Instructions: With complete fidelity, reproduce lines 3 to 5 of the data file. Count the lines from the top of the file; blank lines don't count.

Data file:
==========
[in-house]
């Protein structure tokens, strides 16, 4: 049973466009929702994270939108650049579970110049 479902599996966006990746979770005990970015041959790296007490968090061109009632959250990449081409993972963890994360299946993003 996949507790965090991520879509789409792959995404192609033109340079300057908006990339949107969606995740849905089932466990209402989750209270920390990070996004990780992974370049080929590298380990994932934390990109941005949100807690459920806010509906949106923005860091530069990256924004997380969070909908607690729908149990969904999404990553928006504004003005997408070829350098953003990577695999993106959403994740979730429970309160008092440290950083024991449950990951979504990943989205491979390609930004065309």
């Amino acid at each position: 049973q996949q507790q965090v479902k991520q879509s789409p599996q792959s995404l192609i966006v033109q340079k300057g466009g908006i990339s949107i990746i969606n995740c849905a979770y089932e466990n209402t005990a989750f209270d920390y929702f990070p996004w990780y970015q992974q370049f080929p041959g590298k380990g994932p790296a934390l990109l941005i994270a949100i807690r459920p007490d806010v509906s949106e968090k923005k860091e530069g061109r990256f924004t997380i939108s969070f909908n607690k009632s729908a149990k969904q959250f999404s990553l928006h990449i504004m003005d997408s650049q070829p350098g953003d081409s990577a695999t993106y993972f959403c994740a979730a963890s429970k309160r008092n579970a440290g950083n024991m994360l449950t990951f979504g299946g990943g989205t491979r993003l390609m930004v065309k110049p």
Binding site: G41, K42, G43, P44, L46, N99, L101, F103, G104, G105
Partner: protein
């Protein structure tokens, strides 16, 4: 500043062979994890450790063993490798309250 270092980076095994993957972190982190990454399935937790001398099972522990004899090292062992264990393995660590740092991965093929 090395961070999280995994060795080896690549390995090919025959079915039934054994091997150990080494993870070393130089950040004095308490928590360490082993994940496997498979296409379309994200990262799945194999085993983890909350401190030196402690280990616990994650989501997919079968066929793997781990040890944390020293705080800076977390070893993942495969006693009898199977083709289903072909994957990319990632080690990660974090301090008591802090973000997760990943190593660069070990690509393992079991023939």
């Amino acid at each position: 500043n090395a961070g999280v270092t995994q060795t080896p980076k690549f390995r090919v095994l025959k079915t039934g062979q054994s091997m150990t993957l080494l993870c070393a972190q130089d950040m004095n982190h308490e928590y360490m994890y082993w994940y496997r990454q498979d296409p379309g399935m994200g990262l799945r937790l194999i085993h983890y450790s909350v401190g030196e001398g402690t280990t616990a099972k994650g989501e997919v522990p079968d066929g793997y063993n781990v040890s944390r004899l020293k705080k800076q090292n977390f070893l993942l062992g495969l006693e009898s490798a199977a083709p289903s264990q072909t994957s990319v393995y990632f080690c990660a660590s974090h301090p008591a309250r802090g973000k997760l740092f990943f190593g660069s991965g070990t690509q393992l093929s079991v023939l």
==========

């Amino acid at each position: 049973q996949q507790q965090v479902k991520q879509s789409p599996q792959s995404l192609i966006v033109q340079k300057g466009g908006i990339s949107i990746i969606n995740c849905a979770y089932e466990n209402t005990a989750f209270d920390y929702f990070p996004w990780y970015q992974q370049f080929p041959g590298k380990g994932p790296a934390l990109l941005i994270a949100i807690r459920p007490d806010v509906s949106e968090k923005k860091e530069g061109r990256f924004t997380i939108s969070f909908n607690k009632s729908a149990k969904q959250f999404s990553l928006h990449i504004m003005d997408s650049q070829p350098g953003d081409s990577a695999t993106y993972f959403c994740a979730a963890s429970k309160r008092n579970a440290g950083n024991m994360l449950t990951f979504g299946g990943g989205t491979r993003l390609m930004v065309k110049p």
Binding site: G41, K42, G43, P44, L46, N99, L101, F103, G104, G105
Partner: protein